The poor fellow caught in the wheel runs in a perpetual state of forward immobility.
He is devoted to worshipping busy.
I see many of us today in this same cycle. We almost believe it’s fulfilling, fun, and in line with our dreams:
We are immersed in a career. We work late at the office, carry it home with us via our convenient electronic devices, and devote little time to hobbies or friends.
We are parents of young or teenage children. Balancing family and work is a full-time thing. Keeping our own health as a top priority is a pipe dream. There is laundry to do, after all.
We are connected socially with friends, family and work peers, but are not connected deeply enough to our true essential selves… our souls.
In the midst of all the running, we can no longer hear that small voice inside that can provide guidance and support.
We’ve lost our connection to and trust in our internal wisdom. Over time, having looked outside for answers long enough, we’ve lost trust in ourselves.
We can take care of everyone and everything else. We are a HUGE success outside of our own bodies. But the one body that takes care of everyone and everything else is the one we’ve forgotten.
Picture the hamster wheel stopping.
- The top separates and one side slowly floats to the ground making a walkway for a stroll.
- The whole world is in front of you.
- The perpetual state of forward immobility is at rest.
This actually happened a few weeks ago.* I exited the ‘corporate’ world to follow a calling to become a life coach. I was ready for that step off the hamster wheel.
The fascinating thing is that almost every ounce of my being wanted to run back to the safety of the wheel. I heard our pastor say one day in a sermon: “we often choose known hells over unknown heavens.” The man had a point. I could do perpetual stress. It might kill me… but it felt safe (yes, the irony is apparent). Bliss, on the other hand, was not something with which I’d had that much experience. Martha Beck’s counterpoint (which has become my mantra) is: “run toward joy, not away from fear.”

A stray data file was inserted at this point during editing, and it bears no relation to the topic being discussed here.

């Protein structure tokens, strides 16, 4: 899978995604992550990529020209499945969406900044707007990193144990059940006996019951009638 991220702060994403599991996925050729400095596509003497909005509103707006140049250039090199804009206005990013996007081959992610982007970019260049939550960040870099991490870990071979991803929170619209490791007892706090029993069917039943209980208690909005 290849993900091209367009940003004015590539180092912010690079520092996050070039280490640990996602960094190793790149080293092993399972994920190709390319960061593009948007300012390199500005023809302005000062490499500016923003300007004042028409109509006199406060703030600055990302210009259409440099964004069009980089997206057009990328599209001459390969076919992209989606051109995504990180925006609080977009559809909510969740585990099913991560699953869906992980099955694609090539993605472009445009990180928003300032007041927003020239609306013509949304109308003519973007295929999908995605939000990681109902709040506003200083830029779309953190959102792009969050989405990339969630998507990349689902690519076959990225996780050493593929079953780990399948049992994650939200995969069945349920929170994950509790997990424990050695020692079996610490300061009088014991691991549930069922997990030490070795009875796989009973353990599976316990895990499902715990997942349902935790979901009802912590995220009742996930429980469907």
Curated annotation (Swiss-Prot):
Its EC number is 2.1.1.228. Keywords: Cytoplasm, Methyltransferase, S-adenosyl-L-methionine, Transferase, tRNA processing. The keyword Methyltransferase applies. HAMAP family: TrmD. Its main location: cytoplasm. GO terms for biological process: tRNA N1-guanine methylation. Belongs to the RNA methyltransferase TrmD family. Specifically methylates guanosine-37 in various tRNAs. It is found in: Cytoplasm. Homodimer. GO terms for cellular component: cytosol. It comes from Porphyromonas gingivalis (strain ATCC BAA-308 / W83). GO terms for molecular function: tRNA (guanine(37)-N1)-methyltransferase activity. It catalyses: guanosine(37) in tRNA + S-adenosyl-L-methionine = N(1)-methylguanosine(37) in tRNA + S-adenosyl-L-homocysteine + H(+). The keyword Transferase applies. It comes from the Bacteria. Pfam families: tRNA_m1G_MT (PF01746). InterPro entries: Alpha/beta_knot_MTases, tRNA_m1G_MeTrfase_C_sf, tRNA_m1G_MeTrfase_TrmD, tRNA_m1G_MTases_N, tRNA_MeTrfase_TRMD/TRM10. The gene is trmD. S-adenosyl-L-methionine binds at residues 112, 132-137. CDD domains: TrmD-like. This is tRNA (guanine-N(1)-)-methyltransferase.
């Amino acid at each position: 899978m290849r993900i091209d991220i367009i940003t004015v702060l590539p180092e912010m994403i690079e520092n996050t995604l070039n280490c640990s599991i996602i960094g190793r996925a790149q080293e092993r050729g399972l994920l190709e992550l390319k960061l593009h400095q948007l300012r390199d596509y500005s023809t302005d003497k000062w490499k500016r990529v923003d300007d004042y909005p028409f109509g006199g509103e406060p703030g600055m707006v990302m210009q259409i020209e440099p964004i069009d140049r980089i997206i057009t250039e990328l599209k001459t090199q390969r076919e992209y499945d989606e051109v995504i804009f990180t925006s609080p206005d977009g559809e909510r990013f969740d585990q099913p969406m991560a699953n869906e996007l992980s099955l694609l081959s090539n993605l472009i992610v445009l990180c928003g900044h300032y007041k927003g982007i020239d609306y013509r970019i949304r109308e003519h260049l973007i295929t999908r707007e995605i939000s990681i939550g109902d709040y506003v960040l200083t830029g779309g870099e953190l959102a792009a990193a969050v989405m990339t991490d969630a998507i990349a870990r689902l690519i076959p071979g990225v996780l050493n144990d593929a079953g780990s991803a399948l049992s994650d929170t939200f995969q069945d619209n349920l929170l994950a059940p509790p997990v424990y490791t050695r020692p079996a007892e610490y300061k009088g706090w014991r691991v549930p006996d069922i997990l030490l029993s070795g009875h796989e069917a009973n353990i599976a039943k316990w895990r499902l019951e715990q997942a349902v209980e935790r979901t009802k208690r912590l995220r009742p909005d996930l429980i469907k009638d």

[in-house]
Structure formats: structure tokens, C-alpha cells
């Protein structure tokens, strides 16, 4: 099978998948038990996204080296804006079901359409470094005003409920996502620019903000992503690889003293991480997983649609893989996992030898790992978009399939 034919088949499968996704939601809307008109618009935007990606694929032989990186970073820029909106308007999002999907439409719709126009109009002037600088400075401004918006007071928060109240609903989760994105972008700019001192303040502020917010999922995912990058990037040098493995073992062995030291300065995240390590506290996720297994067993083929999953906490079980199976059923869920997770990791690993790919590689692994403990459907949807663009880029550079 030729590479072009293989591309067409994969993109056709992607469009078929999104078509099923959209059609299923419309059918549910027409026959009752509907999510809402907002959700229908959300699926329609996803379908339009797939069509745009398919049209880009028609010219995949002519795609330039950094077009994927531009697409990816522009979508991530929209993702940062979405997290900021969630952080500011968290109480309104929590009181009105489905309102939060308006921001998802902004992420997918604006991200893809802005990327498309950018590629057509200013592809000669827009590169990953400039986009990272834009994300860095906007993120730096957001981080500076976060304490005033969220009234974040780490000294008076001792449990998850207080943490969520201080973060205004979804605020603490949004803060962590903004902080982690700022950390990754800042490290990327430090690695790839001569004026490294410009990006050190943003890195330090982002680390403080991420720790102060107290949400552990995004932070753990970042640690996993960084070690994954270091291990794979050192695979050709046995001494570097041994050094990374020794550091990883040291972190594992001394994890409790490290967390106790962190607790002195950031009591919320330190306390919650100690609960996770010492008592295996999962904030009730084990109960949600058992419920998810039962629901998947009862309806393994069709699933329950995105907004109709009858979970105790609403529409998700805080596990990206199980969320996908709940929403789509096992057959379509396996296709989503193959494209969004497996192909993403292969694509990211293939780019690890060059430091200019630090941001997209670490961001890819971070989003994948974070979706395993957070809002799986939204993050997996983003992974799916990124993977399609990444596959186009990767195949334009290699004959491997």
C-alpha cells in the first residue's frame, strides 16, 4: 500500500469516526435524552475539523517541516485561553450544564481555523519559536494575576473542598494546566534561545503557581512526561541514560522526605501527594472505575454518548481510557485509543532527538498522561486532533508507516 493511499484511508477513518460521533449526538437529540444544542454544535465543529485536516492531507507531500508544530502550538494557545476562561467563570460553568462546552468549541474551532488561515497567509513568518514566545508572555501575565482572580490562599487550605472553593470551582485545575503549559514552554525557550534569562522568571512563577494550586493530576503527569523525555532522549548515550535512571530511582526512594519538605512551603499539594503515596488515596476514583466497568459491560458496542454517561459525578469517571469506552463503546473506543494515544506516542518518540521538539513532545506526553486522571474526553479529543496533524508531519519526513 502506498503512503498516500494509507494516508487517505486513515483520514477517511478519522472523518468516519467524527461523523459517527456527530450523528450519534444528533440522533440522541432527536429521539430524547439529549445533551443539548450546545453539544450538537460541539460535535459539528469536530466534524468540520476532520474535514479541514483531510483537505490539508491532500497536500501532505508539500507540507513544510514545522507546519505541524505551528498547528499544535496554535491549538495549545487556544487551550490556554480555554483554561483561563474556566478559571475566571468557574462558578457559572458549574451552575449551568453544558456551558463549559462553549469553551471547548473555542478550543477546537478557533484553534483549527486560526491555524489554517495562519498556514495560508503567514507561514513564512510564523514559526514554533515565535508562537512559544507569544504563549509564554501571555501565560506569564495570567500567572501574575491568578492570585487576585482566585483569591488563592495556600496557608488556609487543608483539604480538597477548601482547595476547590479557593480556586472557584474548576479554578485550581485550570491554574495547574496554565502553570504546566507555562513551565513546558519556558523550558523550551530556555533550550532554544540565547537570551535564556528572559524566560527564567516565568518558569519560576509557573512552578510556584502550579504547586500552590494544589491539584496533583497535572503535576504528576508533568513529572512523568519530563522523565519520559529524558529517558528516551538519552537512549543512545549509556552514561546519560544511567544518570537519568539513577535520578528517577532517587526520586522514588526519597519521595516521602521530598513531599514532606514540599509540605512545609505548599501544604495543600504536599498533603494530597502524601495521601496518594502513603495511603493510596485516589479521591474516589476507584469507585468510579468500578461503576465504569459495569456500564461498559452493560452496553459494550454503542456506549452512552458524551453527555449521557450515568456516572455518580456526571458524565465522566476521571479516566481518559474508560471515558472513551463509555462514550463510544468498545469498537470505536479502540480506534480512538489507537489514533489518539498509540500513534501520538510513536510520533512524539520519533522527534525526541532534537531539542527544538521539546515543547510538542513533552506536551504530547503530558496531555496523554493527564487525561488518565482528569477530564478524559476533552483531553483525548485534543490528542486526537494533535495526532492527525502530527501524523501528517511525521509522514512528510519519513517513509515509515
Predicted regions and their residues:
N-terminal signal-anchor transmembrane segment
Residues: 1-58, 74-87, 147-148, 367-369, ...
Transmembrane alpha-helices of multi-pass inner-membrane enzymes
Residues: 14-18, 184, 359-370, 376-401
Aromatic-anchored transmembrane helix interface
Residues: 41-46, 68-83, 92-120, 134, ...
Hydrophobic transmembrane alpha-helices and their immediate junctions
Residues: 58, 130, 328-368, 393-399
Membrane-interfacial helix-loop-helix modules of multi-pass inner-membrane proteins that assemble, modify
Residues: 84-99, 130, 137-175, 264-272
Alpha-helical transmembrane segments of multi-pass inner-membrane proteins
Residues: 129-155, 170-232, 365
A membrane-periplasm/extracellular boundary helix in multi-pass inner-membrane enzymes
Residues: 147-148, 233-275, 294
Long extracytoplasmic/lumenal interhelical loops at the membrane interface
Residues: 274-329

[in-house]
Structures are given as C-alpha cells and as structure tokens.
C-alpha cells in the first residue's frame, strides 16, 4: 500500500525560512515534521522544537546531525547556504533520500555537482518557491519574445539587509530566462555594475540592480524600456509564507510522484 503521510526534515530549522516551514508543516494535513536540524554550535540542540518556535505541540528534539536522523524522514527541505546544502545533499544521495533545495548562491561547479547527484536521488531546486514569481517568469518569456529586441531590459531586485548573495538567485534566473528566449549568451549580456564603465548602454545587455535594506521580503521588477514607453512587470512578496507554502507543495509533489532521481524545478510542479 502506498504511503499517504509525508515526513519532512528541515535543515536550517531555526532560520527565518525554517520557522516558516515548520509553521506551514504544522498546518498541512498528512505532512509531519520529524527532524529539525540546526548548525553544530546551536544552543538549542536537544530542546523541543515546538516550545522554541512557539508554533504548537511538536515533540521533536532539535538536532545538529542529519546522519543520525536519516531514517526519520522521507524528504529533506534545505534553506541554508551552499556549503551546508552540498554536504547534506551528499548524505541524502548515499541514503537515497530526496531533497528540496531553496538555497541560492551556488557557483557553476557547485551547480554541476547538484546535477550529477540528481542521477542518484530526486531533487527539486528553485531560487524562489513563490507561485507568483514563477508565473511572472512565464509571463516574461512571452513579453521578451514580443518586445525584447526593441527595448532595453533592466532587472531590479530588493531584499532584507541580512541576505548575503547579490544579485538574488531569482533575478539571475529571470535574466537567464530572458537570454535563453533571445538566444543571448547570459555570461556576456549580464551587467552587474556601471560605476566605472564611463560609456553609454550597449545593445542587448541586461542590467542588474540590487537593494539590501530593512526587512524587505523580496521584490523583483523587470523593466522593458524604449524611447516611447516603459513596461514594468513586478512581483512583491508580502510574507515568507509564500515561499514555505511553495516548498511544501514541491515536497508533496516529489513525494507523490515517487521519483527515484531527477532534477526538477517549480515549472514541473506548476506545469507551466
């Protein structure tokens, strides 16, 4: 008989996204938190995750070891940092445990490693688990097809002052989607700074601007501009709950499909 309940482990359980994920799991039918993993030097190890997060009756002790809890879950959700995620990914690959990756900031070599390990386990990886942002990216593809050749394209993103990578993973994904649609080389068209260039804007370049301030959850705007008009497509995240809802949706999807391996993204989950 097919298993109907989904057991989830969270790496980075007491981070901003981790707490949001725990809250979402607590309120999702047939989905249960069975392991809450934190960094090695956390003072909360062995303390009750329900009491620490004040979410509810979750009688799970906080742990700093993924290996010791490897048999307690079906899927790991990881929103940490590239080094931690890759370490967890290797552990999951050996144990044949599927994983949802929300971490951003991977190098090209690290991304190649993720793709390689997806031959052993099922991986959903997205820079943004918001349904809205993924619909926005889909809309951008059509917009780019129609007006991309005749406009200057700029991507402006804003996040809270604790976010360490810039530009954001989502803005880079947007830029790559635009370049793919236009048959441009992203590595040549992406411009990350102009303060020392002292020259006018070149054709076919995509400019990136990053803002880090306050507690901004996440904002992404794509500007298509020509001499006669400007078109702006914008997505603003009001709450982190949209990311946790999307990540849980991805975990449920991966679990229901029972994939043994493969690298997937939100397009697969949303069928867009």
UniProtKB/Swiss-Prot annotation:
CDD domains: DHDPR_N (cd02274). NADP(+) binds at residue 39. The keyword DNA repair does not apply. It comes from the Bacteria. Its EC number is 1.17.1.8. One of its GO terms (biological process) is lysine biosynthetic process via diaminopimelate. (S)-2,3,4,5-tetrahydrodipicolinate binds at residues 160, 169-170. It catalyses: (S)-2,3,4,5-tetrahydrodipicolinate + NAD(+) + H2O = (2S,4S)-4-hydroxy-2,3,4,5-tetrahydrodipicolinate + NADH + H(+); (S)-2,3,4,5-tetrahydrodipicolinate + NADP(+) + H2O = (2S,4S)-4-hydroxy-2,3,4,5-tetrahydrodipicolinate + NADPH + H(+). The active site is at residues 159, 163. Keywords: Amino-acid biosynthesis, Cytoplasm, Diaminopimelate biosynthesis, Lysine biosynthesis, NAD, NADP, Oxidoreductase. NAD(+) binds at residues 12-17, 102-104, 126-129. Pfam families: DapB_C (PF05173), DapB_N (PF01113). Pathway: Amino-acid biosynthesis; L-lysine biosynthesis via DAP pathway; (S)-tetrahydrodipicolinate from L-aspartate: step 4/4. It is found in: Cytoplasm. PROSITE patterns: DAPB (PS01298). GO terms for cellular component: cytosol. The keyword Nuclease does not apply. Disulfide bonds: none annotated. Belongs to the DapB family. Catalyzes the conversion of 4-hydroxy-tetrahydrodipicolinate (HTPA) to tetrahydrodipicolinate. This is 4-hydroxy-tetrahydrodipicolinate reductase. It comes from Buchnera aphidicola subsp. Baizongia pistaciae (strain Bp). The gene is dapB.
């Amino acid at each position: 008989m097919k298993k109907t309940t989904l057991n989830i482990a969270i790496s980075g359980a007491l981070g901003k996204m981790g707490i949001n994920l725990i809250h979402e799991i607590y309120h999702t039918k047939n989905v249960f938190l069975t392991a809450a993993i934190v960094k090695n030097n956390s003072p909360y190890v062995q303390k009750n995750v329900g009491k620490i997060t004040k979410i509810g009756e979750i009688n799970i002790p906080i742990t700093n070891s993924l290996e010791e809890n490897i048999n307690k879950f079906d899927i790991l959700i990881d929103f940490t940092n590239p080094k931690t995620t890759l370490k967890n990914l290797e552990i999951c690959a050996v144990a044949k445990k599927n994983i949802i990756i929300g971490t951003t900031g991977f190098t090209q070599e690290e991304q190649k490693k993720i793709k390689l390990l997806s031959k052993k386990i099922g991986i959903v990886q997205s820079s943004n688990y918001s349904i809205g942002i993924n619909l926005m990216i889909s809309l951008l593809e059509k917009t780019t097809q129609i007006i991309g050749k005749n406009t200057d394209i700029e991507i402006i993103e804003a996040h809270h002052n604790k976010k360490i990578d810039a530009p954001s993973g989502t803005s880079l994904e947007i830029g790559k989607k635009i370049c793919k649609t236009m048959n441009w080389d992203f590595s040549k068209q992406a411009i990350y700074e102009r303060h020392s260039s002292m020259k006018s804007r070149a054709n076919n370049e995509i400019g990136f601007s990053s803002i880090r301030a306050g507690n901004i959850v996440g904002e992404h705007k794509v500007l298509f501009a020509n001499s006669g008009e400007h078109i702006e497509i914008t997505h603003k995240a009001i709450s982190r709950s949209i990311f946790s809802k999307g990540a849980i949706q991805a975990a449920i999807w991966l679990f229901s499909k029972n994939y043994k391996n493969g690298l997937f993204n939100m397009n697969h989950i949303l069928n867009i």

As I started down this new road, I pondered all of the reasons why our spirits crave adventure, joy, and freedom, while our minds find a fictional safety net in social conformity and structure. The pursuit of unknown heavens shall prevail over the stress and structured chaos of the known hell. Thus, I didn’t plan to return to the ‘corporate’ world. While the road ahead appears to be the less beaten path, I stroll toward it with the confidence, and occasional frightening realization, that it would be an adventure.
If your perpetual state of forward immobility were at rest, where would you want to go?
I hope our less beaten paths cross.
* Originally published on March 4, 2009. Seems like yesterday and life times ago at the same time.